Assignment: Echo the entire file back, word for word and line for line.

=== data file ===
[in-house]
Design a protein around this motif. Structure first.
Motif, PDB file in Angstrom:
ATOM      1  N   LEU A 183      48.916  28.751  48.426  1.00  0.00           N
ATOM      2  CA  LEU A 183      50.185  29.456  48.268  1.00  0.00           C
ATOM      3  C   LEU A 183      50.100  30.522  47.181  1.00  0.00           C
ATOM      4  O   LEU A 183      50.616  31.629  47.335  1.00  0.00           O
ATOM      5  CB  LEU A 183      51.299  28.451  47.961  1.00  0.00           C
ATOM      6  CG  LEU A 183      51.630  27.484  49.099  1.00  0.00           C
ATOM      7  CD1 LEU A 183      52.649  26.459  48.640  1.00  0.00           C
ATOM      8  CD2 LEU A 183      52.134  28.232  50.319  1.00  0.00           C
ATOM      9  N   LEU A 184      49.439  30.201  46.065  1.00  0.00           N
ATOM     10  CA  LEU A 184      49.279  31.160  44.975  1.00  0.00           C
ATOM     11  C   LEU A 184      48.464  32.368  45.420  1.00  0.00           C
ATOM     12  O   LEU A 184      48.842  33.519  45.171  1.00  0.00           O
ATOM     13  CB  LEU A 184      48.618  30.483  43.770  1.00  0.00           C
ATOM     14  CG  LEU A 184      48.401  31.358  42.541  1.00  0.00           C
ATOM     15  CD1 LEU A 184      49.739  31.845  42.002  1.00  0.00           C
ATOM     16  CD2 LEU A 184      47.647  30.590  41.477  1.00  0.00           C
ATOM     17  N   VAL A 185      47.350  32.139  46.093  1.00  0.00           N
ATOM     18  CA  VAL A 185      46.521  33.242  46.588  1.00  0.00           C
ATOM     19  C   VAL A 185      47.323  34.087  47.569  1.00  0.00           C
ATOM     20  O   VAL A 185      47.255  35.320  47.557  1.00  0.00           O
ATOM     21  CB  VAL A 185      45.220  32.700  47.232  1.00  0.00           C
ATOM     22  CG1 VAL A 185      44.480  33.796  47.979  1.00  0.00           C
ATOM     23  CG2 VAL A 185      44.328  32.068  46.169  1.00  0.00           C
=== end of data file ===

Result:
[in-house]
Design a protein around this motif. Structure first.
Motif, PDB file in Angstrom:
ATOM      1  N   LEU A 183      48.916  28.751  48.426  1.00  0.00           N
ATOM      2  CA  LEU A 183      50.185  29.456  48.268  1.00  0.00           C
ATOM      3  C   LEU A 183      50.100  30.522  47.181  1.00  0.00           C
ATOM      4  O   LEU A 183      50.616  31.629  47.335  1.00  0.00           O
ATOM      5  CB  LEU A 183      51.299  28.451  47.961  1.00  0.00           C
ATOM      6  CG  LEU A 183      51.630  27.484  49.099  1.00  0.00           C
ATOM      7  CD1 LEU A 183      52.649  26.459  48.640  1.00  0.00           C
ATOM      8  CD2 LEU A 183      52.134  28.232  50.319  1.00  0.00           C
ATOM      9  N   LEU A 184      49.439  30.201  46.065  1.00  0.00           N
ATOM     10  CA  LEU A 184      49.279  31.160  44.975  1.00  0.00           C
ATOM     11  C   LEU A 184      48.464  32.368  45.420  1.00  0.00           C
ATOM     12  O   LEU A 184      48.842  33.519  45.171  1.00  0.00           O
ATOM     13  CB  LEU A 184      48.618  30.483  43.770  1.00  0.00           C
ATOM     14  CG  LEU A 184      48.401  31.358  42.541  1.00  0.00           C
ATOM     15  CD1 LEU A 184      49.739  31.845  42.002  1.00  0.00           C
ATOM     16  CD2 LEU A 184      47.647  30.590  41.477  1.00  0.00           C
ATOM     17  N   VAL A 185      47.350  32.139  46.093  1.00  0.00           N
ATOM     18  CA  VAL A 185      46.521  33.242  46.588  1.00  0.00           C
ATOM     19  C   VAL A 185      47.323  34.087  47.569  1.00  0.00           C
ATOM     20  O   VAL A 185      47.255  35.320  47.557  1.00  0.00           O
ATOM     21  CB  VAL A 185      45.220  32.700  47.232  1.00  0.00           C
ATOM     22  CG1 VAL A 185      44.480  33.796  47.979  1.00  0.00           C
ATOM     23  CG2 VAL A 185      44.328  32.068  46.169  1.00  0.00           C